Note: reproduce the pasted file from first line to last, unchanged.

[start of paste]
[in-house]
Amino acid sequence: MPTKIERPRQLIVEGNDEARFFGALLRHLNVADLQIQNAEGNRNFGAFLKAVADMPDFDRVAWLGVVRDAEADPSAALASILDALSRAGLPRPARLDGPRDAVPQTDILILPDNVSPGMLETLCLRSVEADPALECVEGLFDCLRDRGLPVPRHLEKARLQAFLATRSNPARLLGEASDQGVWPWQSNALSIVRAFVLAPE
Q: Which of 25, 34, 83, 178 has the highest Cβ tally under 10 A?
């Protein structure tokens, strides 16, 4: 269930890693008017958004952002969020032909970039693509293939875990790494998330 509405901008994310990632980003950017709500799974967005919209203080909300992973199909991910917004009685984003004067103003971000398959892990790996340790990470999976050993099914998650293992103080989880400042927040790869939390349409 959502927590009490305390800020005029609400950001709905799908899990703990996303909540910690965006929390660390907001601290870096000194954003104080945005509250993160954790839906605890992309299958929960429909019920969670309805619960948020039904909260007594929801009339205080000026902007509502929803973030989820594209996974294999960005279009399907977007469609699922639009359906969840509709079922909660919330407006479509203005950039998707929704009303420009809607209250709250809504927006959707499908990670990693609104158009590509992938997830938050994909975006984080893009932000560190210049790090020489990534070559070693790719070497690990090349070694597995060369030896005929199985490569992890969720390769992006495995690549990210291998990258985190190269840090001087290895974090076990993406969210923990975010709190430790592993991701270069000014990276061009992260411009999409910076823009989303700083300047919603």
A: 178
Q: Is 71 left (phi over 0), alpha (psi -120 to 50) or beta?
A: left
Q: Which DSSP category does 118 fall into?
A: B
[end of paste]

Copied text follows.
[in-house]
Amino acid sequence: MPTKIERPRQLIVEGNDEARFFGALLRHLNVADLQIQNAEGNRNFGAFLKAVADMPDFDRVAWLGVVRDAEADPSAALASILDALSRAGLPRPARLDGPRDAVPQTDILILPDNVSPGMLETLCLRSVEADPALECVEGLFDCLRDRGLPVPRHLEKARLQAFLATRSNPARLLGEASDQGVWPWQSNALSIVRAFVLAPE
Q: Which of 25, 34, 83, 178 has the highest Cβ tally under 10 A?
């Protein structure tokens, strides 16, 4: 269930890693008017958004952002969020032909970039693509293939875990790494998330 509405901008994310990632980003950017709500799974967005919209203080909300992973199909991910917004009685984003004067103003971000398959892990790996340790990470999976050993099914998650293992103080989880400042927040790869939390349409 959502927590009490305390800020005029609400950001709905799908899990703990996303909540910690965006929390660390907001601290870096000194954003104080945005509250993160954790839906605890992309299958929960429909019920969670309805619960948020039904909260007594929801009339205080000026902007509502929803973030989820594209996974294999960005279009399907977007469609699922639009359906969840509709079922909660919330407006479509203005950039998707929704009303420009809607209250709250809504927006959707499908990670990693609104158009590509992938997830938050994909975006984080893009932000560190210049790090020489990534070559070693790719070497690990090349070694597995060369030896005929199985490569992890969720390769992006495995690549990210291998990258985190190269840090001087290895974090076990993406969210923990975010709190430790592993991701270069000014990276061009992260411009999409910076823009989303700083300047919603």
A: 178
Q: Is 71 left (phi over 0), alpha (psi -120 to 50) or beta?
A: left
Q: Which DSSP category does 118 fall into?
A: B